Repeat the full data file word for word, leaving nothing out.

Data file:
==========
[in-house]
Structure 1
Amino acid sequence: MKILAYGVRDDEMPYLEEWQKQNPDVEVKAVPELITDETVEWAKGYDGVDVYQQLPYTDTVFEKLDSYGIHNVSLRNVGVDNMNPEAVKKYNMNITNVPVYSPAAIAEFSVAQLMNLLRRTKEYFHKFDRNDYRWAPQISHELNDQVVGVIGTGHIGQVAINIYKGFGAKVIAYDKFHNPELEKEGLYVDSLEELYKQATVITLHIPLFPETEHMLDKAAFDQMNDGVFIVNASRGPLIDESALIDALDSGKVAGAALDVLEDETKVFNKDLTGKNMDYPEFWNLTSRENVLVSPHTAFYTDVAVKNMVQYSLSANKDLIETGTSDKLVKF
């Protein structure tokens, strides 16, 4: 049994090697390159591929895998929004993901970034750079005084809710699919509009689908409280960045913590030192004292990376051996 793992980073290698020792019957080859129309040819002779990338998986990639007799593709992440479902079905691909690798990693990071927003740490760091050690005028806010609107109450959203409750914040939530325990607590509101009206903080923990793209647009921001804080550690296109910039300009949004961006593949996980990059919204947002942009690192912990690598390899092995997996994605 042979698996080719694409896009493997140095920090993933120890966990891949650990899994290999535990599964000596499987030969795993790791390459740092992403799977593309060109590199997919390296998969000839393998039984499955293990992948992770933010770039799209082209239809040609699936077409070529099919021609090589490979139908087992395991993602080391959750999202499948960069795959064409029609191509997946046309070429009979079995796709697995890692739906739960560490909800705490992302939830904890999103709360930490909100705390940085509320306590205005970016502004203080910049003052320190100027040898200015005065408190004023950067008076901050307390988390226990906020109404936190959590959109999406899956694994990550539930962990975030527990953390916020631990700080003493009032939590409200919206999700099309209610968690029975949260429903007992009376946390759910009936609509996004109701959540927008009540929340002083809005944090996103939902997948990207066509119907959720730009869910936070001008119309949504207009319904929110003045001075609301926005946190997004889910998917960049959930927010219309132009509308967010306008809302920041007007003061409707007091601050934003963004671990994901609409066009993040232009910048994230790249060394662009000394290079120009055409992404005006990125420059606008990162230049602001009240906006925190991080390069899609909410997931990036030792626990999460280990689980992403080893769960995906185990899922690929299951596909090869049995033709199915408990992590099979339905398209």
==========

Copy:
[in-house]
Structure 1
Amino acid sequence: MKILAYGVRDDEMPYLEEWQKQNPDVEVKAVPELITDETVEWAKGYDGVDVYQQLPYTDTVFEKLDSYGIHNVSLRNVGVDNMNPEAVKKYNMNITNVPVYSPAAIAEFSVAQLMNLLRRTKEYFHKFDRNDYRWAPQISHELNDQVVGVIGTGHIGQVAINIYKGFGAKVIAYDKFHNPELEKEGLYVDSLEELYKQATVITLHIPLFPETEHMLDKAAFDQMNDGVFIVNASRGPLIDESALIDALDSGKVAGAALDVLEDETKVFNKDLTGKNMDYPEFWNLTSRENVLVSPHTAFYTDVAVKNMVQYSLSANKDLIETGTSDKLVKF
């Protein structure tokens, strides 16, 4: 049994090697390159591929895998929004993901970034750079005084809710699919509009689908409280960045913590030192004292990376051996 793992980073290698020792019957080859129309040819002779990338998986990639007799593709992440479902079905691909690798990693990071927003740490760091050690005028806010609107109450959203409750914040939530325990607590509101009206903080923990793209647009921001804080550690296109910039300009949004961006593949996980990059919204947002942009690192912990690598390899092995997996994605 042979698996080719694409896009493997140095920090993933120890966990891949650990899994290999535990599964000596499987030969795993790791390459740092992403799977593309060109590199997919390296998969000839393998039984499955293990992948992770933010770039799209082209239809040609699936077409070529099919021609090589490979139908087992395991993602080391959750999202499948960069795959064409029609191509997946046309070429009979079995796709697995890692739906739960560490909800705490992302939830904890999103709360930490909100705390940085509320306590205005970016502004203080910049003052320190100027040898200015005065408190004023950067008076901050307390988390226990906020109404936190959590959109999406899956694994990550539930962990975030527990953390916020631990700080003493009032939590409200919206999700099309209610968690029975949260429903007992009376946390759910009936609509996004109701959540927008009540929340002083809005944090996103939902997948990207066509119907959720730009869910936070001008119309949504207009319904929110003045001075609301926005946190997004889910998917960049959930927010219309132009509308967010306008809302920041007007003061409707007091601050934003963004671990994901609409066009993040232009910048994230790249060394662009000394290079120009055409992404005006990125420059606008990162230049602001009240906006925190991080390069899609909410997931990036030792626990999460280990689980992403080893769960995906185990899922690929299951596909090869049995033709199915408990992590099979339905398209």